Communities and Cultural Affairs Minister Carolyn Bertram came under fire Thursday for spending a large sum of taxpayers' money to renovate her office.
During question period Thursday, Opposition MLA Mike Currie accused Bertram of lavish overspending with a recent $225,000 expenditure to fix up her office, located in the Shaw Building in Charlottetown.
"I'm just wondering if you're prepared to stand up now and admit that you went way overboard on this time of recession and these expenditures on your office," Currie said.
Bertram denied Currie's accusation that she hired an interior decorator and overspent on her office facelift. She said the renovations were necessary due to the fact her department had before been split, since many department offices had been housed alongside the Justice Department.
"We were under the legal service section of attorney general, we were under lock and key basically, and we were away from our staff," Bertram said. "Now we are all on the north wing. I don't know why the honourable member is talking about this lavish - he should come down and take a look at what has actually happened."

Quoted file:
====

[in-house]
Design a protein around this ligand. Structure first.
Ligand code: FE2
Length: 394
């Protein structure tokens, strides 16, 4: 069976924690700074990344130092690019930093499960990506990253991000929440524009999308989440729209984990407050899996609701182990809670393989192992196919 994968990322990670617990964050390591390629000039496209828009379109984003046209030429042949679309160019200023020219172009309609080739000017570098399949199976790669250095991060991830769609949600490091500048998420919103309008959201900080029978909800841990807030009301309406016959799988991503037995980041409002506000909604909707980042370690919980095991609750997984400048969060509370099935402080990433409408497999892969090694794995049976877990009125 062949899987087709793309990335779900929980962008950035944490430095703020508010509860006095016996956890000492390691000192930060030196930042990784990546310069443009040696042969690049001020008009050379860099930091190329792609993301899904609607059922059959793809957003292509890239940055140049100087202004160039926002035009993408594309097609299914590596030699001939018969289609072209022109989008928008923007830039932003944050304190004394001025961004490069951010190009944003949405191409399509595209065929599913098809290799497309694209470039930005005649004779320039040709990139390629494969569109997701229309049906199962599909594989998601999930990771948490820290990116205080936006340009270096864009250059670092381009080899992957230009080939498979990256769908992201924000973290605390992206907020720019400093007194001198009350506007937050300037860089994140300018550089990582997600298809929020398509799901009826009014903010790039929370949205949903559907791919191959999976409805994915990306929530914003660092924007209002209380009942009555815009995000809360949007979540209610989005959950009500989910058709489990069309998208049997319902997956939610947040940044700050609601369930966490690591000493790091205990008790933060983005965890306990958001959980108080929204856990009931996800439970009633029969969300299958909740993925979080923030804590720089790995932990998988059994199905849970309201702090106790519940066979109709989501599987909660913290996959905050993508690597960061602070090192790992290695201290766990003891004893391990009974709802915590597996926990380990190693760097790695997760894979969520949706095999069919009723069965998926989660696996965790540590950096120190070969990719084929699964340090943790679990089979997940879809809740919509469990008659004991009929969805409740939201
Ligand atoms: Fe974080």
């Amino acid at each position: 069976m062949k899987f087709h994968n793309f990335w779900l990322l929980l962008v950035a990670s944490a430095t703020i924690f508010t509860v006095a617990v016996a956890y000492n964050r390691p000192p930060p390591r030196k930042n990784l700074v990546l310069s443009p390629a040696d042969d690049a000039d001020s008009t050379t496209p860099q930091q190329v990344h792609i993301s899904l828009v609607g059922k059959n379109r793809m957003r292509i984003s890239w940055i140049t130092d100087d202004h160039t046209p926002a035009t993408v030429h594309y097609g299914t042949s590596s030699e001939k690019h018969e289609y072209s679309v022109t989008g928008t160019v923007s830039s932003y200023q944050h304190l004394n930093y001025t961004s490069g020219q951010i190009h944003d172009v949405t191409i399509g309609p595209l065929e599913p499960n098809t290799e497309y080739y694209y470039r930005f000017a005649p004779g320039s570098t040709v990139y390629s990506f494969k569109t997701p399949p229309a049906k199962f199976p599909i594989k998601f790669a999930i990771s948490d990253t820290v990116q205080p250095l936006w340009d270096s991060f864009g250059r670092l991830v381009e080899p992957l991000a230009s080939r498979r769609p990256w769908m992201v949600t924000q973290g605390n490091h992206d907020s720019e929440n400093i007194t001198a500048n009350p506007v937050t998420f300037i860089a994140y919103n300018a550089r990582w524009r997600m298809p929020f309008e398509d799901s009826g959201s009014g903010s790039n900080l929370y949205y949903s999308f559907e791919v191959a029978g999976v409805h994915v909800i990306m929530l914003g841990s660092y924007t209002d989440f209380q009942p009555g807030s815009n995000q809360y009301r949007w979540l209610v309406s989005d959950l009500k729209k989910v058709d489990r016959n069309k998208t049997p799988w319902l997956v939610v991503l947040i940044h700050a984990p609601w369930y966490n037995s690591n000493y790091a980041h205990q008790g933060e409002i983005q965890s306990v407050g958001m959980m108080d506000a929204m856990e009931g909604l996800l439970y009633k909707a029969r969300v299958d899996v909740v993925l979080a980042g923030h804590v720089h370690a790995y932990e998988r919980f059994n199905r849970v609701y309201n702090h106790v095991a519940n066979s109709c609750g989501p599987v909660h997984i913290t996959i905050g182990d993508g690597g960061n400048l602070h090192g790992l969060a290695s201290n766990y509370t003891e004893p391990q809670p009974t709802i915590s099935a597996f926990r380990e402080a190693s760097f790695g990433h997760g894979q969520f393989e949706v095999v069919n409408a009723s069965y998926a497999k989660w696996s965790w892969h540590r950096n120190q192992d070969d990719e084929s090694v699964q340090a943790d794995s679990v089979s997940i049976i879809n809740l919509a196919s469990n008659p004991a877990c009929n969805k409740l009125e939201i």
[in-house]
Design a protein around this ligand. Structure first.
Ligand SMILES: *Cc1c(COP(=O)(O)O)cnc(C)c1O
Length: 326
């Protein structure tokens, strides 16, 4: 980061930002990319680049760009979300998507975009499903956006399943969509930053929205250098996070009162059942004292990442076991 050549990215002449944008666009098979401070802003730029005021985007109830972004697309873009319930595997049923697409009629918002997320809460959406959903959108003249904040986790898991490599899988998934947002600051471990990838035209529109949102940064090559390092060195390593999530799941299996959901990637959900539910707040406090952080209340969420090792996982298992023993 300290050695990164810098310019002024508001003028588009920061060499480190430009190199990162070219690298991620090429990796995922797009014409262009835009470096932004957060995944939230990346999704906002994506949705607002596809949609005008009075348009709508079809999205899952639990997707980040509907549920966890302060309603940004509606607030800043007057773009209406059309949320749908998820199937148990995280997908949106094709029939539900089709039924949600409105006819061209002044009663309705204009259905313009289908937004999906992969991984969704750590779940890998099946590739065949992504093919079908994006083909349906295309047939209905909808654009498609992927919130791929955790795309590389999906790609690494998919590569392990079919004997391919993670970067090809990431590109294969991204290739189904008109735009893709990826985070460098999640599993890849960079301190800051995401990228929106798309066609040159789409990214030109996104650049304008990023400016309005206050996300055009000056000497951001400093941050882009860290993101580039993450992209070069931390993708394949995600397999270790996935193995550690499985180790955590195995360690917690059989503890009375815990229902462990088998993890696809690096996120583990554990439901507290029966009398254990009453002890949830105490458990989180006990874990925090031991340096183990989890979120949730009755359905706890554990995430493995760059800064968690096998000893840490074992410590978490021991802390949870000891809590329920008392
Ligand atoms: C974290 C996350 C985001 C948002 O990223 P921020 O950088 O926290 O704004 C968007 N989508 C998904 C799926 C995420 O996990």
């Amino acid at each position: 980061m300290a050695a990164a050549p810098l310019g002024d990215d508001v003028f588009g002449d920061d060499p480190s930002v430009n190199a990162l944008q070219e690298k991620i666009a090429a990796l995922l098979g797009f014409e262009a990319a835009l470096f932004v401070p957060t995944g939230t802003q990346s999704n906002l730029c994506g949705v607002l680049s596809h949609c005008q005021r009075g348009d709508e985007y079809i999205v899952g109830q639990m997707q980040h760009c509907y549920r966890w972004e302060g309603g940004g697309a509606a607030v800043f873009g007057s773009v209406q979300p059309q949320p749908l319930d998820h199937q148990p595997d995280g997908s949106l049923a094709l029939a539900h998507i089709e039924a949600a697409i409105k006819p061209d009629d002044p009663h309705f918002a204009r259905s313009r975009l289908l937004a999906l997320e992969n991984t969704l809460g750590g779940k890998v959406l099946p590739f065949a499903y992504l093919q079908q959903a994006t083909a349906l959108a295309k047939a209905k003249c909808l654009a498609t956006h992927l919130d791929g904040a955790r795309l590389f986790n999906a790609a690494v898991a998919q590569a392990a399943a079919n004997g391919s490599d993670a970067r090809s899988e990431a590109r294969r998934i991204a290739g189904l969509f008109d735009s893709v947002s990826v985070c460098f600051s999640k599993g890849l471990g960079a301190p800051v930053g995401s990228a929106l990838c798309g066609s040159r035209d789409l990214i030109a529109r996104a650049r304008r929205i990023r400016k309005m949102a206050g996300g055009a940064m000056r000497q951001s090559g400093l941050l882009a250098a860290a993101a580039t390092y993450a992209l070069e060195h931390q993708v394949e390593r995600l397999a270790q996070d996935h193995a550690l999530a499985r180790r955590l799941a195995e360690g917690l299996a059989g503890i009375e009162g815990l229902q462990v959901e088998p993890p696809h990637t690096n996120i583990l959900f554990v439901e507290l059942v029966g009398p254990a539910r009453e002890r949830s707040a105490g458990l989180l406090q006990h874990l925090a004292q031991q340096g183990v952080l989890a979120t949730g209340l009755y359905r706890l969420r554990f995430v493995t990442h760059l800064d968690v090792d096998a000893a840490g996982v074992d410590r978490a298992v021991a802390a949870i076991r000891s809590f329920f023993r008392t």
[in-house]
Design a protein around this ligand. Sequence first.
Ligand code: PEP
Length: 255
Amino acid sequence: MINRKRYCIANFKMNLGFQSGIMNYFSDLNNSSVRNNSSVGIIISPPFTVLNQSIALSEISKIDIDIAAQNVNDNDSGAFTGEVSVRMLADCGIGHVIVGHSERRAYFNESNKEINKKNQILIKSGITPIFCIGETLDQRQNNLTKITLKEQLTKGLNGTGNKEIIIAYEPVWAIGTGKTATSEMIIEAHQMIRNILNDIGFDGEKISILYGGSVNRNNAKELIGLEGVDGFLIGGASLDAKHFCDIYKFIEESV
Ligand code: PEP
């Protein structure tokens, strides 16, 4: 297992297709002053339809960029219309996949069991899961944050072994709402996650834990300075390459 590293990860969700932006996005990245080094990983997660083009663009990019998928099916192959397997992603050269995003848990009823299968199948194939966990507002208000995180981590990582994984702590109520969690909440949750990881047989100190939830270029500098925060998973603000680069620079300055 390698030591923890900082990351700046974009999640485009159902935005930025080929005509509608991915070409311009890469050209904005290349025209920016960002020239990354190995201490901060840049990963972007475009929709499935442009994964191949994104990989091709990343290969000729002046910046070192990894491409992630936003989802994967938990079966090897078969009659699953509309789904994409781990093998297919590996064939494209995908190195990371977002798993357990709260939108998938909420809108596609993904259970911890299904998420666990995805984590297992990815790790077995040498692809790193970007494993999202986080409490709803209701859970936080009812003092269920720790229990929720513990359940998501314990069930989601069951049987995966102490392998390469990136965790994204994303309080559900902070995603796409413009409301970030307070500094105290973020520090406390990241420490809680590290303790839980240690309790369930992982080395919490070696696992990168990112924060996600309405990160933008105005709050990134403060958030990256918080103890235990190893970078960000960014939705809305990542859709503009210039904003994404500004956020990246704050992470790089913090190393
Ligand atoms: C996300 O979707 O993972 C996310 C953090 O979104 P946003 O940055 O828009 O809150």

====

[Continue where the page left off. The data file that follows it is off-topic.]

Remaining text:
The Transportation and Public Works Department, which is responsible for all government buildings, paid for about $69,000 of the renovations, Transportation Minister Ron MacKinley told The Guardian Wednesday. The remaining $156,000 was paid out of Bertram's department budget.
Later Thursday night, Opposition MLA Jim Bagnall questioned Bertram further on the issue, asking about the murals and paintings now hanging on her walls. He also asked about the wall detailing and the furniture.
Bertram responded that she did not buy new furniture. But she did admit to buying paintings, including one mural for $3,500. But she said this was done to support local artists.
"There are other pieces, but they are all Island art. We are supporting our Island artists."
But Currie believes spending so much on paintings and office renovations at a time when government is asking departments to tighten their belts is a waste of money.
"I think when Islanders see a minister with that kind of extravagance, surrounding herself with comforts when some people had a tough time paying their light bills this winter and a tough time filling their oil tanks, they see that the priorities of this government are not to look out for hardworking Islanders," Currie said.
"They're making sure that the comforts of cabinet ministers are well looked after."